If even the oaks and maples are gone, then they will go for their least favored trees, conifers like pines.
Beavers will not attempt trying to take down a tree that has a trunk more than six inches wide. However, if they have no other choice, beavers will chew down wider trees.
According to the charity River Keepers, beavers have been known to take down trees up to 33 inches wide. Beavers also prefer to travel only 100 yards from their watery home to look for trees to chew down.
Beavers chew down a tree by gnawing chunks in a ring around the trunk. They chew until the trunk rests on a hinge, then gravity takes over and it falls.
They purposefully make sure the tree falls towards the body of water they live in. This makes dragging the tree there easier.
Although beavers are skilled loggers, they do make mistakes. Beavers can be killed by the very trees they cut down.
Beaver Teeth Are Amazing
Beaver’s teeth need to be incredibly strong in order to take down many trees a year. In order to be strong enough, the teeth enamel is high in iron.
The iron makes the beaver’s teeth orange. Other rodents have strong teeth, but that is due to magnesium and not iron.
Beavers have teeth shaped like chisels. This is because the back of the teeth wears away faster because the back lacks enamel.
Otherwise, the teeth would not be able to effectively chop through wood. Their long front buckteeth are the strongest.
Beavers also have very strong lower jaw muscles to help chew through wood.
Beavers are rodents. Like all rodents, beaver teeth grow throughout their lives. With luck, beavers can live ten years.
According to the BBC, beaver teeth grow half a centimeter every month. Chewing on tree bark and twigs helps the beavers’ teeth from growing too long, making them unable to eat eventually.
Frequently Asked Questions about Beavers Eating Wood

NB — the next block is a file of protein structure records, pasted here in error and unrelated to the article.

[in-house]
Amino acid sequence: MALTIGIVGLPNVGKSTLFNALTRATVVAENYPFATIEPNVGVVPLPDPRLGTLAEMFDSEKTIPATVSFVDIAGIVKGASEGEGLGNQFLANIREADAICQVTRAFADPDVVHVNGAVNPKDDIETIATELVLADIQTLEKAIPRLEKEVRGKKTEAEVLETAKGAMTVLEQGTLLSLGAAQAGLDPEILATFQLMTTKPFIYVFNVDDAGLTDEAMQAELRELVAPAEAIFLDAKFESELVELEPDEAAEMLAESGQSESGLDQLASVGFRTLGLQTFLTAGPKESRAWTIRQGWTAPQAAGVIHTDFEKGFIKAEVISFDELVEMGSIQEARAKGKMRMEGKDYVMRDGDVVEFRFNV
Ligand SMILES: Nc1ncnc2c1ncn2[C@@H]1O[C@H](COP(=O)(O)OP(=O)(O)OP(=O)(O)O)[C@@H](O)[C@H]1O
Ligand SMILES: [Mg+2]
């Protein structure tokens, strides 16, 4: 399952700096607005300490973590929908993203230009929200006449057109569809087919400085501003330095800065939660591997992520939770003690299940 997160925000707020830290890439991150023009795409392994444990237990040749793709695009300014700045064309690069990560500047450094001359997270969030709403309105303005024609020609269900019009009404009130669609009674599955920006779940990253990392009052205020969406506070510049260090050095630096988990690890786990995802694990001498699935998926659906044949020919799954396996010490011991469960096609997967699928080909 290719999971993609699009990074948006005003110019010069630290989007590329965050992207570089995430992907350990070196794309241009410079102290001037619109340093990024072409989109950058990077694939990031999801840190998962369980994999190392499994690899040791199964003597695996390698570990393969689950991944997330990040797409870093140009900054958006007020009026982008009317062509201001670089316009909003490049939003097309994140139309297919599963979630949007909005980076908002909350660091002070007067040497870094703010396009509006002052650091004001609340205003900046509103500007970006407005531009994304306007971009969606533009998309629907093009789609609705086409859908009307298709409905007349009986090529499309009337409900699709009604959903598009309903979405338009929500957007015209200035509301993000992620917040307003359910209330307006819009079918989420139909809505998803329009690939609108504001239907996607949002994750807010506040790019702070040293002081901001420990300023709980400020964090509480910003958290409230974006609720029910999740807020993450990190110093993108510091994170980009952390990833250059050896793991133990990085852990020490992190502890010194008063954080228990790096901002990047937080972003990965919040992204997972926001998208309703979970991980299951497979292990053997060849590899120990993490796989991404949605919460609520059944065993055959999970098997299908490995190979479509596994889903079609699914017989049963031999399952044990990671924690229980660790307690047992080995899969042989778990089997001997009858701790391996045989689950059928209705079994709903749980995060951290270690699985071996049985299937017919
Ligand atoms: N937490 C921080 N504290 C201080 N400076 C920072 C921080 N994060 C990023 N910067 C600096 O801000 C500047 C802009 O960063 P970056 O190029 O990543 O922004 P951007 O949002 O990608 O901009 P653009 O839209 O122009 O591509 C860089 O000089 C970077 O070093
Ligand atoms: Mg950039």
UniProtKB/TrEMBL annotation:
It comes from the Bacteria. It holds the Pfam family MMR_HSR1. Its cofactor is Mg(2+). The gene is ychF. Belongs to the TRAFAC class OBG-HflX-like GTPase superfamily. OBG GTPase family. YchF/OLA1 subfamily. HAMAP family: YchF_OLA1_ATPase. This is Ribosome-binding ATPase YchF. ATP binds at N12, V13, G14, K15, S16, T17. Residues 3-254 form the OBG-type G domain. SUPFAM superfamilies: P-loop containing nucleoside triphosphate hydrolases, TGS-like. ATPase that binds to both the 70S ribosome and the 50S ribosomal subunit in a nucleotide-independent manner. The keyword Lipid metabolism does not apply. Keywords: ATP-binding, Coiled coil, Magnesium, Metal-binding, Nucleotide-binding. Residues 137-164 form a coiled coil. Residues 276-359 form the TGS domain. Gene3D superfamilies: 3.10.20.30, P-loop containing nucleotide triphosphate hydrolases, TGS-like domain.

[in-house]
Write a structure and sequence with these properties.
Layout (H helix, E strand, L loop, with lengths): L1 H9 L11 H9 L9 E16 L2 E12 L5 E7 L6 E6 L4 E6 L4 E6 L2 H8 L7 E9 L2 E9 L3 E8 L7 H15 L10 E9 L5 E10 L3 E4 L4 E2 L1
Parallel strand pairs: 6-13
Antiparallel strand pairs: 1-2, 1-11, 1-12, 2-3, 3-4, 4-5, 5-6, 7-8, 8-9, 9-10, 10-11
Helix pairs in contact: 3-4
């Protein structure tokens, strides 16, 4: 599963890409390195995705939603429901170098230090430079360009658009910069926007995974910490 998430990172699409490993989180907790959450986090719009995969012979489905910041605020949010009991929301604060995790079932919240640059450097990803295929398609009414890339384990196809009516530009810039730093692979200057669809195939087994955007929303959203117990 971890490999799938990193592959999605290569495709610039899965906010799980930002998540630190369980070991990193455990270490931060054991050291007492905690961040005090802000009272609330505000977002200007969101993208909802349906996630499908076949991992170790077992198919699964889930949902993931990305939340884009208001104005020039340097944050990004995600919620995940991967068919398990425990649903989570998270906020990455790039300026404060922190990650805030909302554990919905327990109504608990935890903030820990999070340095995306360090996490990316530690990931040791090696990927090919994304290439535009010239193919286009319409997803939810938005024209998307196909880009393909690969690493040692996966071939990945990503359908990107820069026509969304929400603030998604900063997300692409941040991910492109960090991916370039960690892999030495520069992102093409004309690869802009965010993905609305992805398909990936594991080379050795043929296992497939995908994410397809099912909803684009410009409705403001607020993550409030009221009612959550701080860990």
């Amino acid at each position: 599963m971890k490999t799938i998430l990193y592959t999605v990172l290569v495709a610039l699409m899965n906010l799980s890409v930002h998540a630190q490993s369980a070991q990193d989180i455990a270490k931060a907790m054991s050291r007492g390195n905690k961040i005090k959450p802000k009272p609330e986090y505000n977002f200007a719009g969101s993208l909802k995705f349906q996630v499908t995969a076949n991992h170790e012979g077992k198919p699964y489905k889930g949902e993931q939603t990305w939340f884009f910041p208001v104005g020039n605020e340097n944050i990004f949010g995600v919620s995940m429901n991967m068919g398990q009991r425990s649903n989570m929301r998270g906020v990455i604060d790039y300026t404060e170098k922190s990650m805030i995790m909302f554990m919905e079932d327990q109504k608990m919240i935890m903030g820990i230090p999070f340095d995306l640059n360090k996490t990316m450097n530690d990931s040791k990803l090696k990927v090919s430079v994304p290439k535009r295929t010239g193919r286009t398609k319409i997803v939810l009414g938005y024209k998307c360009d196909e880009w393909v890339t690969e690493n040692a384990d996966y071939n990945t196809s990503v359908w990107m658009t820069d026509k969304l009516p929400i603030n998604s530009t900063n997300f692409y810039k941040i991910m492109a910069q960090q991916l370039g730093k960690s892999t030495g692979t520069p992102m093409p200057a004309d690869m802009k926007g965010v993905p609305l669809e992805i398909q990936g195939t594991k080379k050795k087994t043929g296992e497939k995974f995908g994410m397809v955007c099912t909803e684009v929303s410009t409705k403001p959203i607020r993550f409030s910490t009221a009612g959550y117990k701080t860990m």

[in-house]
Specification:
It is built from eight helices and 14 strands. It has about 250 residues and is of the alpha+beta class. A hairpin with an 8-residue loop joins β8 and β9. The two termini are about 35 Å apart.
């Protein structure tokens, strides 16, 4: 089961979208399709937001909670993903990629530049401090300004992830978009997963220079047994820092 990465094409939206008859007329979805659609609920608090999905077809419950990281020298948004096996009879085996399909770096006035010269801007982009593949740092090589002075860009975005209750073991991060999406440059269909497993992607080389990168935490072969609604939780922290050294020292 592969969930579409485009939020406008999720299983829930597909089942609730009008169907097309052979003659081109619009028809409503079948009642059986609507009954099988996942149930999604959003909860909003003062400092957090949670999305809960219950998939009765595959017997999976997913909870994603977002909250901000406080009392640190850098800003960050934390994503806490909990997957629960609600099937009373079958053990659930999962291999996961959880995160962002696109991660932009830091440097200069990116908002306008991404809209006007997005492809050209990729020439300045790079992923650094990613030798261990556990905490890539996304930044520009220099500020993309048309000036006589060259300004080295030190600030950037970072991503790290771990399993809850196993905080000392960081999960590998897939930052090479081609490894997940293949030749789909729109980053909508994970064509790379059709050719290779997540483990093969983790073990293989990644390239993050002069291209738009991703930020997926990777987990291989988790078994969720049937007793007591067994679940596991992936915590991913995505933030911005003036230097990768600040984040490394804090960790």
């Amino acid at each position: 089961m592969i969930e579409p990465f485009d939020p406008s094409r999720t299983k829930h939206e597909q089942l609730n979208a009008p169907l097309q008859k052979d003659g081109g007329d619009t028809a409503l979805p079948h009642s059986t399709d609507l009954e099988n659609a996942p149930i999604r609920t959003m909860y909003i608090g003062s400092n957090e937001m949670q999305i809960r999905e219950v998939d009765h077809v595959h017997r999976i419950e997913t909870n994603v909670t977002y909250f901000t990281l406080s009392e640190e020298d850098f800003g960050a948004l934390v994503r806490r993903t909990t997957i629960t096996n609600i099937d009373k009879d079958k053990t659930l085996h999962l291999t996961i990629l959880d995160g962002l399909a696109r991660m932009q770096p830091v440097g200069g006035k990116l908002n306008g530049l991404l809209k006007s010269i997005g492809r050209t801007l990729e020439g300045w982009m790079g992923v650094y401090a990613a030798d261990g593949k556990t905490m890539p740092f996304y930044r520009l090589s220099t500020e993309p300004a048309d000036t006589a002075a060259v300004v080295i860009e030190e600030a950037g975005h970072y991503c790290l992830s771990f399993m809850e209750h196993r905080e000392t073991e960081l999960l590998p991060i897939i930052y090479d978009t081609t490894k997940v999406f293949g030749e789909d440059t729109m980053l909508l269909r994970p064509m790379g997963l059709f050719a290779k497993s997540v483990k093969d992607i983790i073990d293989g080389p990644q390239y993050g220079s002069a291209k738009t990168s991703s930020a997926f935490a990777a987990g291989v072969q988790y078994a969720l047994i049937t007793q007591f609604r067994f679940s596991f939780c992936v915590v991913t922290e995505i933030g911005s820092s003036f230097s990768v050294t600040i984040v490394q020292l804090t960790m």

What Animals Eat Wood?
Beavers do eat the soft parts of wood found directly under bark, stems, and tender twigs, but leave the rest of the wood alone. Termites eat all parts of trees and anything containing cellulose, including paper, drywall, and mulch. Some catfish eat wood softened and rotten by water.
Do Beavers Eat Fish?
Beavers have somehow gotten the reputation of eating fish. They are strict vegetarians. Otters look similar to beavers and love to eat fish, so that is probably how beavers got the bad reputation of being harmful to fish.
Do They Feed Trees to Beavers in Zoos?
In zoos, beavers get a wide food variety. They get commercial pellets for rodents like rats and a variety of veggies and fruits. They do get thin branches with or without leaves and stems, but they are not given whole trees.
The Least You Need to Know
Beavers do not eat wood in the way termites do. It may seem like they eat trees since they spend a lot of time chewing down young trees and dragging branches and trees to make their lodges and dams.
Beavers eat tree leaves, buds, stems, tender twigs, tree bark, and very soft wood under bark, but not the hard wood.
They also like to eat many other kinds of fruits, vegetables, mushrooms, grass, ferns, and any water plant roots soft enough to eat.